Back when I went to school in Edinburgh, sports, the arts and the humanities were part of the essential fabric of my education. Since those days public education has arguably suffered from false economies, from something of a corporate, business-oriented approach, and from too many 'flavour-of-the-month' theories. That is certainly the case in western Canada, and probably in Scotland as well. The things that were essentials in my schooling are considered differently today, too often as disposable luxuries. Some would argue that the changes from what and how we were taught in that gentler age have led directly to the addictive (or addicted) cultures that have evolved since – that is, in the last 40 to 50 years.
In 2016, illicit drug overdoses killed nearly 1,000 people in British Columbia, where I live. That's a 300% increase in two years. A hefty proportion of the deaths came from fentanyl overdoses. The ones who died were not all hardcore addicts. Far from it. Many of them were kids; teenagers experimenting as part of their rites of passage. Sometimes with something as apparently harmless as marijuana. It should surprise no one to learn that highly addictive substances are often found in so-called 'gateway' drugs like marijuana – and have been for years. That could be seen as part of that business plan any MBA student will tell you about. The additives start to create a need. It can be a slow process, imperceptible at first, but over time it creates a need that becomes very real.
Twenty years ago Icelandic teenagers were arguably the heaviest-drinking youths in Europe. Educational programmes about the dangers of drink and drugs were clearly not working, according to Inga Dóra, a research assistant in original surveys. 'We wanted to come up with a different approach'. The result is that statistic has been turned on its head. According to a recent article in the UK periodical Mosaic for Life, 'Iceland [now] tops the European table for the cleanest-living teens. The percentage of 15- and 16-year-olds who had been drunk in the previous month plummeted from 42% in 1998 to 5% in 2016. The percentage of those who have ever used cannabis is down from 17% to 7%. Those smoking cigarettes every day fell from 23% to just 3%'.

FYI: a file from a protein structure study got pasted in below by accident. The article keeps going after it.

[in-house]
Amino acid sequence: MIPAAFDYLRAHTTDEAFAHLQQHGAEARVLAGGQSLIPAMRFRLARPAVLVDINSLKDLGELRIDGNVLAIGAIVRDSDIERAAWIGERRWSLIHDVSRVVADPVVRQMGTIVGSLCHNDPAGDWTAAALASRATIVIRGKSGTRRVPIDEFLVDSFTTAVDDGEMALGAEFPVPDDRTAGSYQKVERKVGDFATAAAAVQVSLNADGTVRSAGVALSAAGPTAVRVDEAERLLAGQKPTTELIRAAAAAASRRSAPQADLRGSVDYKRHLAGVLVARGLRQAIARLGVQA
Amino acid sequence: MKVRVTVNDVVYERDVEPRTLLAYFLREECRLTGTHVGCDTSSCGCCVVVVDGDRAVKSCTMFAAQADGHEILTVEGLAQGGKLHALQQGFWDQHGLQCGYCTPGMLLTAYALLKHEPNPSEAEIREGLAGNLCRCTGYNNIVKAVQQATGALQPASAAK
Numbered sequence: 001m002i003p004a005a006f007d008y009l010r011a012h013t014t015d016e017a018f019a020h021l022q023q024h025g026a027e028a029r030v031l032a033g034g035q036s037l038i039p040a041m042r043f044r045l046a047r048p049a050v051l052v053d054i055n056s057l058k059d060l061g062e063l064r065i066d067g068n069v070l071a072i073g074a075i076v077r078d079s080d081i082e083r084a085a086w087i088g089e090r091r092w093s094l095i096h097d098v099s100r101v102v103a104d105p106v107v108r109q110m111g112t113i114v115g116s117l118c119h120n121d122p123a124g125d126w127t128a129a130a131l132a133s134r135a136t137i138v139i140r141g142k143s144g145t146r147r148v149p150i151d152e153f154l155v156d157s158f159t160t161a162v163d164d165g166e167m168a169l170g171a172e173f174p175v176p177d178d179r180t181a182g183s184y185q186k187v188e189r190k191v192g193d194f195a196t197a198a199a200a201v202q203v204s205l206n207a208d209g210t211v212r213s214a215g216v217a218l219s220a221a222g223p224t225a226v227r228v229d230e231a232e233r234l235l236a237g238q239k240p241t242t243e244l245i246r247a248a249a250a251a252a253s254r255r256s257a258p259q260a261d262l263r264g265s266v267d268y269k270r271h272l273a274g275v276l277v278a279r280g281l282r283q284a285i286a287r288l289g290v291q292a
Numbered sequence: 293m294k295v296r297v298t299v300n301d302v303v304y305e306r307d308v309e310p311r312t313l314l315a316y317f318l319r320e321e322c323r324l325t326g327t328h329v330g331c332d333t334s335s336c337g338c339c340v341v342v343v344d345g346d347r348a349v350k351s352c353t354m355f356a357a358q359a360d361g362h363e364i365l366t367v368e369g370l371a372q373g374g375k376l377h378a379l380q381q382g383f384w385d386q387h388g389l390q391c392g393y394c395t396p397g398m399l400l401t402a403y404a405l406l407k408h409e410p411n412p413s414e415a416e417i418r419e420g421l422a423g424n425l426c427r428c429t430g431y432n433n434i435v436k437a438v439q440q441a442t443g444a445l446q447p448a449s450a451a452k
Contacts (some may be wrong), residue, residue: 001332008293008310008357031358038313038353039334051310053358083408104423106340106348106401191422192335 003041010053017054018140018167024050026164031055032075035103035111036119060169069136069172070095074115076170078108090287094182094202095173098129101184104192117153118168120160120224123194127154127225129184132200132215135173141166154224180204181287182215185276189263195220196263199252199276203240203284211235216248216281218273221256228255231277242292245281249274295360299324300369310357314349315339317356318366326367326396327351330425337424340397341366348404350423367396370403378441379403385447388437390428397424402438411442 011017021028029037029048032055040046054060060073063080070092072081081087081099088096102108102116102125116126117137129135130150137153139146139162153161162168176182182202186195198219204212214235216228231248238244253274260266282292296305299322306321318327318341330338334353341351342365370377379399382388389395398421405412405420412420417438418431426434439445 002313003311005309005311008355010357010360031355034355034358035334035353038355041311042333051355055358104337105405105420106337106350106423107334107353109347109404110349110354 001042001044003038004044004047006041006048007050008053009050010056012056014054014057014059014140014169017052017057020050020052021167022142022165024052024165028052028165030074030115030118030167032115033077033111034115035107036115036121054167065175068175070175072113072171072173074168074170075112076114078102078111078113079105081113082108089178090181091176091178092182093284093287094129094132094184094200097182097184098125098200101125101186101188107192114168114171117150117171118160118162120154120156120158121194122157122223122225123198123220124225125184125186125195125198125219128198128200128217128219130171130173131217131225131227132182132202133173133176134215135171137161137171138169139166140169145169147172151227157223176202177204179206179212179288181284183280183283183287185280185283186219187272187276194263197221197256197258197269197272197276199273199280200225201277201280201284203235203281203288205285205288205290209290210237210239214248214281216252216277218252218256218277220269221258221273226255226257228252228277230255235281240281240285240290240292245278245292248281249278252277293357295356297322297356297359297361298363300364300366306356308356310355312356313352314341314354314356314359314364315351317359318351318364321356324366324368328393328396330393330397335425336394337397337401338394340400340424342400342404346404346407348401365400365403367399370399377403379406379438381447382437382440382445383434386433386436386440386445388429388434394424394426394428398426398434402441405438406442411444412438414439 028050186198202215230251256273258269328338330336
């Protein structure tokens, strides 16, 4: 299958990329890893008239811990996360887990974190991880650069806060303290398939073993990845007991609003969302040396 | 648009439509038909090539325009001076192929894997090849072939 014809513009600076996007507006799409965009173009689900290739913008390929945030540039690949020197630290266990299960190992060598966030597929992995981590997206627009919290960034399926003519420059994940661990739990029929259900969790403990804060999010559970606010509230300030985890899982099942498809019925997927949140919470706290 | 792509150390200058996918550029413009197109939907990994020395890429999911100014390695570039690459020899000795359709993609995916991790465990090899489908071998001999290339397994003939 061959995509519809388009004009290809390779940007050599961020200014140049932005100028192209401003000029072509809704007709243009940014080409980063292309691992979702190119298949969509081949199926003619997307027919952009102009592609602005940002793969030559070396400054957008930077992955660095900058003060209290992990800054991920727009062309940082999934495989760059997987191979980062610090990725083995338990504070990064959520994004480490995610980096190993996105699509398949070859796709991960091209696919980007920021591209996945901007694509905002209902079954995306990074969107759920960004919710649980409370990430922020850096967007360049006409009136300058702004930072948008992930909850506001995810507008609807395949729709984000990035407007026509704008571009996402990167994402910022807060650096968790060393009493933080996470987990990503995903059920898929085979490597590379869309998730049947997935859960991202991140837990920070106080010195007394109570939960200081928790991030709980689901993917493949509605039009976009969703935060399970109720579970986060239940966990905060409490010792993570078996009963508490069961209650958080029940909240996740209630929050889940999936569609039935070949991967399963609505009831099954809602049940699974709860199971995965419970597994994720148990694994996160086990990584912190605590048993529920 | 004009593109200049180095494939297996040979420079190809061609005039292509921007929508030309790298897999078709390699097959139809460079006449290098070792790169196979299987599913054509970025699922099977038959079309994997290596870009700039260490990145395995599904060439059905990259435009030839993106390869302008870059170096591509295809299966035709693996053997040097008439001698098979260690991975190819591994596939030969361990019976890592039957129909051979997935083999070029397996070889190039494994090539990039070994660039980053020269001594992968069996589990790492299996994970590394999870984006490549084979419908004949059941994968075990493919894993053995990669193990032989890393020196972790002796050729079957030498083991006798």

The secret to this remarkable turnaround was what we might call sound common sense, and perhaps even a recognition that the Greeks (and the Romans in the phrase mens sana in corpore sano
) had figured out something essential about education a long, long time ago. A modern 'marketing' twist was given to it by Professor Harvey Milkman – an American who teaches part of the year at Reykjavik University – through what he calls an orchestrated 'social movement around natural highs'. Thus, since the mid-1990s Iceland has seen a renewed emphasis on sport and physical activity, strong coaching/teaching programmes, greater opportunities in the arts, and the development of good sports facilities. The percentage of kids who take part in organised sports has virtually doubled in that time, as has the number of children who spend weekends with their parents.
There were more drastic aspects to the social and cultural remedial programmes in Iceland than our culture and societies are likely to endorse. These included curfew laws in some areas for youths under a certain age, and strong age prohibitions around the purchase of tobacco and alcohol. Parents were often drafted into these programmes as well; signing pledges to ensure the kids didn't have unsupervised parties, not to buy alcohol for minors and so on.
Such aspects would be less likely to find universal support in a country with a population the size of Britain's. But programme designs can be tailored to fit a particular social palette while keeping the fundamental elements in place. The fact that the most successful of these programmes seem to have been driven by municipal, rather than national, governments supports the idea of a design-to-fit approach.
Led by a small international outlier group called Youth in Europe they have now been tried out in something like 35 municipalities in 17 countries, ranging from Malta to South Korea, and Romania to Kenya. As Álfgeir Kristjánsson, who worked on the data in Iceland has noted, the trend is very clear. 'Protective factors have gone up, risk factors down, and substance use has gone down – and more consistently in Iceland than in any other European country'.
The issues are enormously complex, but the fundamental element is that education which involves enlightened principles of sport and the arts seems – as the Greeks long ago understood – to develop young people in better ways than directed systems that focus only on fitting children for a life in the world of business and commerce.